Increasing income inequality may partly explain volatility in the American political climate, according to pollster Molly Murphy.
Despite continued economic growth since the end of the Great Recession, Americans still appear to feel skeptical about the direction of the country, Murphy said.
“Even though the economy gets better and better, even though voters will acknowledge the economy is getting better and better, they are not seeing a change in their lives and that is why they are continuing to vote for the other party,” Murphy said Friday on Hill.TV’s “What America’s Thinking.”
Income inequality is on the rise in the U.S., with the top 1 percent bringing in more than 20 percent of all income in the U.S., according to a June 2016 report by the nonpartisan think tank, Economic Policy Institute.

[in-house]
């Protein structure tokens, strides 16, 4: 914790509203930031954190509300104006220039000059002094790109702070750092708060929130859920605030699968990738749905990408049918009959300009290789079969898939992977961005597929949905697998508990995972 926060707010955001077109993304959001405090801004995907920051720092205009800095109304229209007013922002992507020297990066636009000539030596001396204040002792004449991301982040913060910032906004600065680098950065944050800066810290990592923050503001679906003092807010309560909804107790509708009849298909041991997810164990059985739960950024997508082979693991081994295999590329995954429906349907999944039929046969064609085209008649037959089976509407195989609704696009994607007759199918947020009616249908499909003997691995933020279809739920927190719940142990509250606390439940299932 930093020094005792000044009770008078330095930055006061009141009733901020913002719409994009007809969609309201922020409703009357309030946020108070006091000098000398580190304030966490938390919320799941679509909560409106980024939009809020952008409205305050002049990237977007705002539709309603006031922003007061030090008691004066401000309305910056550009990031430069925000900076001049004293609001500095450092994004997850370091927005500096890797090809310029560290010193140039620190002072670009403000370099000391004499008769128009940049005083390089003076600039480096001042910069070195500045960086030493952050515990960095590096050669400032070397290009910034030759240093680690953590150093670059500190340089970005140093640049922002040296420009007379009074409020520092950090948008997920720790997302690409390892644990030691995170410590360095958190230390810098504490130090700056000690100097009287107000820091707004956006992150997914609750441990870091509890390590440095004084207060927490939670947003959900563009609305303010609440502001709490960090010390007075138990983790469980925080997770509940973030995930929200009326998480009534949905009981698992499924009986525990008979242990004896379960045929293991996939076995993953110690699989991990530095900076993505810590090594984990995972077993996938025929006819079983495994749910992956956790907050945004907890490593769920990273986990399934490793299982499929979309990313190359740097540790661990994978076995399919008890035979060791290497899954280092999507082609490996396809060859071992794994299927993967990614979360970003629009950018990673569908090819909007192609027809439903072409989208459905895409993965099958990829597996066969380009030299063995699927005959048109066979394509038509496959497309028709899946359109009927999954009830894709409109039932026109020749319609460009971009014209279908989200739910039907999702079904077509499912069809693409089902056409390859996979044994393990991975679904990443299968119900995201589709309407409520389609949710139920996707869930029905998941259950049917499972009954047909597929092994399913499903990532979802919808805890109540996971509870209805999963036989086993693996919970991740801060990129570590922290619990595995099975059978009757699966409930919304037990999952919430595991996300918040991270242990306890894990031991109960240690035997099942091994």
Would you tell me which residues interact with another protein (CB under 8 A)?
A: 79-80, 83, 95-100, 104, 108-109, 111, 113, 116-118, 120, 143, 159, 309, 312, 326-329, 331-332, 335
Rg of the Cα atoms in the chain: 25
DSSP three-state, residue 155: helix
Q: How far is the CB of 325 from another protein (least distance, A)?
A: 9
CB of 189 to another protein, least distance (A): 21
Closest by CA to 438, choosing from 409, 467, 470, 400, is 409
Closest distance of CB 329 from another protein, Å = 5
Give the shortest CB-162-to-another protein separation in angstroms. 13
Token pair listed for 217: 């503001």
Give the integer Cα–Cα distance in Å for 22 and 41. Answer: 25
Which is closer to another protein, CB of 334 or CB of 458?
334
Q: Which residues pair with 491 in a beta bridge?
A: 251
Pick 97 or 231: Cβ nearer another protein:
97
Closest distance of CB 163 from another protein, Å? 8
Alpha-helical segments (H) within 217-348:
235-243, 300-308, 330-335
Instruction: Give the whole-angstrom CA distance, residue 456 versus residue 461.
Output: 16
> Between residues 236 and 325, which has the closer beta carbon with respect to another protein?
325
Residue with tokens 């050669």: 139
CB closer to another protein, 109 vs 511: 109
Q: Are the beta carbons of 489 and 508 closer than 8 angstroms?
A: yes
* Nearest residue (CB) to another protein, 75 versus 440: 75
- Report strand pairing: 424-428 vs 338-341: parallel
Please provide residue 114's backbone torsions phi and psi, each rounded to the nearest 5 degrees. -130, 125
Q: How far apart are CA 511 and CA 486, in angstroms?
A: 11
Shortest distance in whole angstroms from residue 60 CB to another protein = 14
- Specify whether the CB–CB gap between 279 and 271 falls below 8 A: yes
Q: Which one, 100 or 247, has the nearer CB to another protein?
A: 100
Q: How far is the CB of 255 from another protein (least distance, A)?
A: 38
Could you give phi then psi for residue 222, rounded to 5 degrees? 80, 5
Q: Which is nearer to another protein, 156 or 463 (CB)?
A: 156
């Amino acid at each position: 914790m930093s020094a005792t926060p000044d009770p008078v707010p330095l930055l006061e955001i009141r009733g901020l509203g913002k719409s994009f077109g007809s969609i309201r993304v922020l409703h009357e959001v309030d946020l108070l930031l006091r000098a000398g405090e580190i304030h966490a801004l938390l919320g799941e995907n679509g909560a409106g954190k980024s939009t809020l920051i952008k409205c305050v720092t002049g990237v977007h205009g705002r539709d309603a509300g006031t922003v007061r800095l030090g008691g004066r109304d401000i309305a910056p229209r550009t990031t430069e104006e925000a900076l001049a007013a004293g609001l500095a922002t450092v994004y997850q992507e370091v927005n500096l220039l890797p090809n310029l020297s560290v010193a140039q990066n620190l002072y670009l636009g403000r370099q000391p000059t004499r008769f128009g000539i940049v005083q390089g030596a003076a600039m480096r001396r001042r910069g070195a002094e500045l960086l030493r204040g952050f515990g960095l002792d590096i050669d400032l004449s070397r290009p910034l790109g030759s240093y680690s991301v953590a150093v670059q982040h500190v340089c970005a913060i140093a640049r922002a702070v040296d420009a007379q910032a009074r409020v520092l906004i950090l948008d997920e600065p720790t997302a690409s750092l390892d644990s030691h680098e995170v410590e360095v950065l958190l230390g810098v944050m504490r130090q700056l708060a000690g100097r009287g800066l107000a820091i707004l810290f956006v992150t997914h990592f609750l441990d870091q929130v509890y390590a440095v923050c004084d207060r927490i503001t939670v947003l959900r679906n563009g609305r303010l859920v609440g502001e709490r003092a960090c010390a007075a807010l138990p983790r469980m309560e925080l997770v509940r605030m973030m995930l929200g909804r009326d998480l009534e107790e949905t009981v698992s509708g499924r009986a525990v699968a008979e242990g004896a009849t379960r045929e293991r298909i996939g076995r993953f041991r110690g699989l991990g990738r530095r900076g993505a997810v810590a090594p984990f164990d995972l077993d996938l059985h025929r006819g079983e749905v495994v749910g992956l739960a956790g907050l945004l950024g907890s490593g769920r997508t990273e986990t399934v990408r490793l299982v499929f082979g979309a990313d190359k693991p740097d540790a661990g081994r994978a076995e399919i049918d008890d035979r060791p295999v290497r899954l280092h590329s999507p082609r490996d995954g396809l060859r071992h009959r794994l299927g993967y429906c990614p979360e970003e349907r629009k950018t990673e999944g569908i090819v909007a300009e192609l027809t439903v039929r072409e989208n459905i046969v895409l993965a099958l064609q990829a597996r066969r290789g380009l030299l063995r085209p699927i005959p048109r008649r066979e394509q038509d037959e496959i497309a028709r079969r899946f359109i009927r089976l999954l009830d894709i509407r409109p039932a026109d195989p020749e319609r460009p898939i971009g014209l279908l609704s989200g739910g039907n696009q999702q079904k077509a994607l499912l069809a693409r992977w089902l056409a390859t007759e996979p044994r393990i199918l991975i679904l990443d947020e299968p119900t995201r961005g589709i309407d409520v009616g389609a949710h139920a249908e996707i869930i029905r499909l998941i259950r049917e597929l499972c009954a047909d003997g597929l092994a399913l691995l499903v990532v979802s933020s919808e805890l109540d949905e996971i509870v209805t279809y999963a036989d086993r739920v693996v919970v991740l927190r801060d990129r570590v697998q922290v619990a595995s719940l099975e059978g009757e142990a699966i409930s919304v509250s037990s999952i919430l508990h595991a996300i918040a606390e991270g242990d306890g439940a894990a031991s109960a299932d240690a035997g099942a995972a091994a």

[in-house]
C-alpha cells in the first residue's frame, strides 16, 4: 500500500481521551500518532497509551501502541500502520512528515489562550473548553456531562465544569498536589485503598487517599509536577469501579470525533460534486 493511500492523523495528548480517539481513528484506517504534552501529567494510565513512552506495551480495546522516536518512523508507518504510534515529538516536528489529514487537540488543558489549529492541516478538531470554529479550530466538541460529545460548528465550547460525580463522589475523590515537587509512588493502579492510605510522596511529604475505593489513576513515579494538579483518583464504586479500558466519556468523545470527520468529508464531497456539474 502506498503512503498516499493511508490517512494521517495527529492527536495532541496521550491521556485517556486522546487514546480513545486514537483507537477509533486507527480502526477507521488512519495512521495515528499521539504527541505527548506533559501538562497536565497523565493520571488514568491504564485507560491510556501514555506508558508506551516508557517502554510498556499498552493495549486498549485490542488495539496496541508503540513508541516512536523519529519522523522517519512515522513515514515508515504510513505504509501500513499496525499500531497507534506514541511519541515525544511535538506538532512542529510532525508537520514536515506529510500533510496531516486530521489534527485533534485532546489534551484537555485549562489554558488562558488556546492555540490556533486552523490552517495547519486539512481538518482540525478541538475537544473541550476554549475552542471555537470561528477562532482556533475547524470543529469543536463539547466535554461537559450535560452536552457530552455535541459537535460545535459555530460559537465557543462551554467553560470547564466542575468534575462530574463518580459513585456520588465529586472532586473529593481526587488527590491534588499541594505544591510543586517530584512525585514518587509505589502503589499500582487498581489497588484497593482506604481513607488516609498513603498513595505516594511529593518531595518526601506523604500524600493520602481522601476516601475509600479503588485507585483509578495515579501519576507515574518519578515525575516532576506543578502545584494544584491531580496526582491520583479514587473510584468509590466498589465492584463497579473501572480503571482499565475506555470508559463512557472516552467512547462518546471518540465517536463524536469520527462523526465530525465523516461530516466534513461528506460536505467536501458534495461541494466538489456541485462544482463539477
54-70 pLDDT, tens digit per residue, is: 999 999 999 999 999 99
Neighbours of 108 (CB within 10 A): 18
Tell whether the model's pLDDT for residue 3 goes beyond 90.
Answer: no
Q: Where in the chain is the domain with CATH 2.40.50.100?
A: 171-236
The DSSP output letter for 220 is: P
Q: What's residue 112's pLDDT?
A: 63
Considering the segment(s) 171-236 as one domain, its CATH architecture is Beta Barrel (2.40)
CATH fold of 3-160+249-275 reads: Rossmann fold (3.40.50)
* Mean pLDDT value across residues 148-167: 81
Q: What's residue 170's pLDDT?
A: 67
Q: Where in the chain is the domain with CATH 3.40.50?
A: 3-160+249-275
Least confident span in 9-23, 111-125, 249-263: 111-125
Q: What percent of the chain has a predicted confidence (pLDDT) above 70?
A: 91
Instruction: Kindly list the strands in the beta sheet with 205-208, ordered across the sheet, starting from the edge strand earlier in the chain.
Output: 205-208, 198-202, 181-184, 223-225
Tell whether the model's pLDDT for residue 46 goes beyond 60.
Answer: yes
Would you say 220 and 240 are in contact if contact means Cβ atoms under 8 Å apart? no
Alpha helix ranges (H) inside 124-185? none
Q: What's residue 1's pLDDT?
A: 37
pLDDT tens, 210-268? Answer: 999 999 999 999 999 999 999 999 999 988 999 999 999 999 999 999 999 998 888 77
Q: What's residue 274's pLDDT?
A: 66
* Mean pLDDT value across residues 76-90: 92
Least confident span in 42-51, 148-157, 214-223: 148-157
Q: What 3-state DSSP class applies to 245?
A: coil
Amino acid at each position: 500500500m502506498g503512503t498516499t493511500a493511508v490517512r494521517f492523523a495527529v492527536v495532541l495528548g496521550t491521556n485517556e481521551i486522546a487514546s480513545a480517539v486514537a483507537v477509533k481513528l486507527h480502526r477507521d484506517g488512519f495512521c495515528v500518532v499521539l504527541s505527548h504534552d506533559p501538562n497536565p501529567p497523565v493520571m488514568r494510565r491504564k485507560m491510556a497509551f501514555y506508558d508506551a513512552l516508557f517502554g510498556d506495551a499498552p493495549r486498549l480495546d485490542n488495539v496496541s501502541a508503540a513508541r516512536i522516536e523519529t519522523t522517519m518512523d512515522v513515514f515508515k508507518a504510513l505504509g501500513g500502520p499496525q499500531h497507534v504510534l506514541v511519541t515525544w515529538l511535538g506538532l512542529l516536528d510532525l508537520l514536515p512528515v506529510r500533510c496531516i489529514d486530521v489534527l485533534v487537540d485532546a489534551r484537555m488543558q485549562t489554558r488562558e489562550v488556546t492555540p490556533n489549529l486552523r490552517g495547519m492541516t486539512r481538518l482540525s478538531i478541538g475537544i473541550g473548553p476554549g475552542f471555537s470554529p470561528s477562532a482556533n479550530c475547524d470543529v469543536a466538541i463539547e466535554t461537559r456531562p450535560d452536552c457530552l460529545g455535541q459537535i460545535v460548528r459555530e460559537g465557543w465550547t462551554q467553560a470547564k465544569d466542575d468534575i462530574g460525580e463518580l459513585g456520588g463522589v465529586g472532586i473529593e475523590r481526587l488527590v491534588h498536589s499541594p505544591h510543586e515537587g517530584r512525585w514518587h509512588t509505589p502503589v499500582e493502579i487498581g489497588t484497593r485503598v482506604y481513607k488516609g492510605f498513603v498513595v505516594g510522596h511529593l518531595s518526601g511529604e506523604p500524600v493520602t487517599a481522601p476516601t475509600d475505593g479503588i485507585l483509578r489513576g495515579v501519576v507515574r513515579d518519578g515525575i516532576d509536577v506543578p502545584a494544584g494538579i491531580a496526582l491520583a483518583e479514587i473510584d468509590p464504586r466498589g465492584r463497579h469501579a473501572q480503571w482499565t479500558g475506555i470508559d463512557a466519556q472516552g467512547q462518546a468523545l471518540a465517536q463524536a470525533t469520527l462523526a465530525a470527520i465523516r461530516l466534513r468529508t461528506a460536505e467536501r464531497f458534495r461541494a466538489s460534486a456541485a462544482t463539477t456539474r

Proclaiming an economically populist message played a key role in President TrumpDonald TrumpCapitol fencing starts coming down after 'Justice for J6' rally Netanyahu suggests Biden fell asleep in meeting with Israeli PM Aides try to keep Biden away from unscripted events or long interviews, book claims MORE's 2016 campaign. As a candidate, Trump said he would be an advocate for “the forgotten men and women of our country” who he said had been left behind by economic growth in the country's more urban regions.
Trump's tax law, which was passed earlier this year, was touted by Republicans as being a boon to middle-class households and the economy. Democrats, however, argued that the law mostly benefits wealthy individuals and corporations.